There are a ton of varying opinions about how female menstrual cycle influences performance, and then also how performance influences the menstrual cycle and overall female athlete health. I think of it almost as like a bi-directional. That has existed since mid-1800s to 1900s. It’s been a long saga of this discussion of, how does the menstrual cycle influence how we perform? Does it impact our endurance or our strength at different phases of the cycle? Also, how does performance, particularly high performance, influence female athlete health and the menstrual cycle reproductive capacity? In the 1980s, women were not allowed to run the marathon for perceptions around how strenuous and dangerous it was for their reproductive capacity and their menstrual cycle. So it’s not that long ago, and I would argue that today, we’re still seeing people having these archaic ideas around how performance impacts the menstrual cycle in a female athlete body. But I’m sure we’re going to get into that, so I don’t want to skip ahead.

There are lots of different opinions and different ideas. there are people that do ascribe to the idea that yes, indeed, menstruation has a massive impact on performance, and we need to be training around it, really titrating our activity or even our utilization of a certain dietary strategies around the menstrual cycle. Then there’s the other camp of people that go, wait a second. When you actually look at the science, we might not actually be getting this right. There might be a lot more to this. Maybe we don’t have the actual scientific evidence to give us that straightforward, clear-cut perspective of yes, indeed, there is this direct link between, let’s just say the follicular phase, which is that first half of the menstrual cycle, having blank impact on athletic performance. I would say I fall into camp number two, because when you do look at the data itself, and when you really claw at it, you see that there has been just so much misunderstanding in not only sports sciences, but also I think, within many sciences, and particularly, biomedical and medical sciences, around what it is a woman’s menstrual cycle is, what it is not, what are the hormones involved, how do these hormones differ, and more importantly, how the individual is really important to this conversation.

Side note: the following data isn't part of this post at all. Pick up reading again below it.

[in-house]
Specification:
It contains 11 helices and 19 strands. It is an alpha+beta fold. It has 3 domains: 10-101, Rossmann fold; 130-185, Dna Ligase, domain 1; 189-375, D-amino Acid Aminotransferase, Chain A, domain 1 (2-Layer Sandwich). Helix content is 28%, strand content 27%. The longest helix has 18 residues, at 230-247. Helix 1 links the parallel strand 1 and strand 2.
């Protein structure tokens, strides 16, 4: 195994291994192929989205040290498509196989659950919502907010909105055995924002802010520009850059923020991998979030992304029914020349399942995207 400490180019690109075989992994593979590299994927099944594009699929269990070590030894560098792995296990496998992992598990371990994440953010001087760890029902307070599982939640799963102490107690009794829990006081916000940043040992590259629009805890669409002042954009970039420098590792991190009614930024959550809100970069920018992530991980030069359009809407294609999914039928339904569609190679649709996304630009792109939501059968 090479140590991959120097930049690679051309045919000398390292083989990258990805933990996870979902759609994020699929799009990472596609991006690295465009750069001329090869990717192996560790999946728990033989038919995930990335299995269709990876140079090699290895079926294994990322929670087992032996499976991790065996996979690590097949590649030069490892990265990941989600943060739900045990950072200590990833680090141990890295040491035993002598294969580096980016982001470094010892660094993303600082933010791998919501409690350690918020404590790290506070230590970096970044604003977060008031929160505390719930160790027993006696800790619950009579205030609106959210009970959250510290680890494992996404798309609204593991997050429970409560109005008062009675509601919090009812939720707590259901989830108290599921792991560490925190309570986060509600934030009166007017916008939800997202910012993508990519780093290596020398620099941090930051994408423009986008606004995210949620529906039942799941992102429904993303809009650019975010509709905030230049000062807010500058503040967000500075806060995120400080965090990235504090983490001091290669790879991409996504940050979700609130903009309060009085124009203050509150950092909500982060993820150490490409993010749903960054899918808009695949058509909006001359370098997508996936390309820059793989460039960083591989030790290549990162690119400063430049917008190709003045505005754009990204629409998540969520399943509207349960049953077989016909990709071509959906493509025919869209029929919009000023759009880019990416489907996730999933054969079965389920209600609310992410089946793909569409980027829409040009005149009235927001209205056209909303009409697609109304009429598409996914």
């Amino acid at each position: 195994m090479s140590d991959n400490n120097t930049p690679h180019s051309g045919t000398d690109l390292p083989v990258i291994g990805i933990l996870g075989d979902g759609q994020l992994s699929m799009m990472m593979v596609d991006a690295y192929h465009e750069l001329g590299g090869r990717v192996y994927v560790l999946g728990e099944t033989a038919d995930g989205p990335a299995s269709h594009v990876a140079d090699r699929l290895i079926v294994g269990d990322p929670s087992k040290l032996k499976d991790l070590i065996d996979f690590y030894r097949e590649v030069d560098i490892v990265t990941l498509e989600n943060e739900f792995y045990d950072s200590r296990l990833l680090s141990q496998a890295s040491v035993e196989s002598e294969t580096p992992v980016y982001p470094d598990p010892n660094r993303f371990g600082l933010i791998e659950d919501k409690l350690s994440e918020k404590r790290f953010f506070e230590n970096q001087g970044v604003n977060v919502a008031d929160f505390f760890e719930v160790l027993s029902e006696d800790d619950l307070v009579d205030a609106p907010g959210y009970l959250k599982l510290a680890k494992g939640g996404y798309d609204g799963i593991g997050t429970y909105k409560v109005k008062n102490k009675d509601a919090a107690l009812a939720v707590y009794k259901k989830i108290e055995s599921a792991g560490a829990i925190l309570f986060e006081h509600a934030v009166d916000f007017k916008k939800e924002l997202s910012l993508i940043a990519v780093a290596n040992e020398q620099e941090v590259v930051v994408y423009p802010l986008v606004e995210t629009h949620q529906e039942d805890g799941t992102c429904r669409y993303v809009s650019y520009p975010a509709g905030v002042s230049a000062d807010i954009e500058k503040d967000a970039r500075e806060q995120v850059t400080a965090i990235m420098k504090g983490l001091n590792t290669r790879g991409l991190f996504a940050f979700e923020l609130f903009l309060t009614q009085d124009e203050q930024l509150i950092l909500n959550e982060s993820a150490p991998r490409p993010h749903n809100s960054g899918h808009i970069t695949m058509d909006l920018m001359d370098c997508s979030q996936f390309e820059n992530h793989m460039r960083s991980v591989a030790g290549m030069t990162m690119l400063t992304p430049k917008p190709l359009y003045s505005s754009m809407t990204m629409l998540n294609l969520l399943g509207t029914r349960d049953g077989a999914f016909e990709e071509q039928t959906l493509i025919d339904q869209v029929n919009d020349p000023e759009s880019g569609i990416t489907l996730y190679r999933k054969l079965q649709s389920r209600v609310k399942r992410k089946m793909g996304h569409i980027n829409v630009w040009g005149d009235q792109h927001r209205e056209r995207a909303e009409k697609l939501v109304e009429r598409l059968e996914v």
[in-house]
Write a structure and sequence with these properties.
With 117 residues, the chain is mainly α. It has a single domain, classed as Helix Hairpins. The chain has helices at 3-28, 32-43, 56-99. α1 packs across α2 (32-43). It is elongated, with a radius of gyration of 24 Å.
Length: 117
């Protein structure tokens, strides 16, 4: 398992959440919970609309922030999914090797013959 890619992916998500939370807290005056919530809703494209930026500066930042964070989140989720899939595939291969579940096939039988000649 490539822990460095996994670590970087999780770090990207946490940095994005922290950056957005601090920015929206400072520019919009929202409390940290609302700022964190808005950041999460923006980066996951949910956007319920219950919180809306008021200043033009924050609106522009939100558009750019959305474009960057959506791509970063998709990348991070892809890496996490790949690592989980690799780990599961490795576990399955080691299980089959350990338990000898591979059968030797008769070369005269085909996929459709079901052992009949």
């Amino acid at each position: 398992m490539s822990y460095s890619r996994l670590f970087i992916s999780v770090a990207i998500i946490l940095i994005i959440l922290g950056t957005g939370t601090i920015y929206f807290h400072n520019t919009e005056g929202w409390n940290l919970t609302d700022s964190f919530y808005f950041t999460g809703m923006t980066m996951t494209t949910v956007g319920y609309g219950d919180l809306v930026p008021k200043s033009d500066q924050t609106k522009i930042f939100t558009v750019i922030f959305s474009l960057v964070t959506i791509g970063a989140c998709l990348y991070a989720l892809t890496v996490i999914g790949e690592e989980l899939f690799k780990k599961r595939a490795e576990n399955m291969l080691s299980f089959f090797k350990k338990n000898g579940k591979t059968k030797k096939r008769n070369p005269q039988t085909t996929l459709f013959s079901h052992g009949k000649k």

Back when I used to teach in undergraduate and graduate classes, I always used to say to my students that the human body is terrible to do research off of. It’s terrible, because if we think about just basic scientific method and trying to control variables, there’s so much difference between me and you and our cycles and our hormones and our life course that led up to this point today. Even if we were doing twin studies, there is just so much difference between humans. That’s what really gets this conversation starts to tease it apart as if we just start to really think about who are we studying, and how are we studying them? The reality is that within the female athlete population, there’s just insufficient evidence. The evidence by and large, and this doesn’t mean everybody, but by and large, the evidence that does exist is very limited. There’s a lot of research that has been based on either poor research practices or misunderstanding or even just really sexist stereotypes around the female body or around hormones themselves that don’t necessarily reflect what we now know today.

When it comes to even the conversation around hormonal drugs, I always use the term steroidal hormones because I get really picky about that stuff. But for me, personally, it matters big that we need to call a spade a spade, and that when we talk about steroid hormones, I refer to it as like the big three family being androgens, estrogens, and then progesterone, and then your metabolites of progesterone. But those are the big three. I don’t refer to them as sex steroids. I don’t refer to them as even reproductive steroids. I might slip up every now and again, but I try not to because I really want to try to get into, specifically the sporting world, that we have to get away from that very limited idea that these drugs or these hormones themselves are only related to reproductive function in both the male and female body, that they’re only related to, quote, sex, when we know that that’s not true at all. When you look back into history, you really see that starting to come out. But unfortunately, sports science, or medicine really, has not accommodated for these changes in actually what these drugs are or what these hormones are and how they do vary across individuals, and just the massive amount of pharmaceuticals that exist in those umbrellas.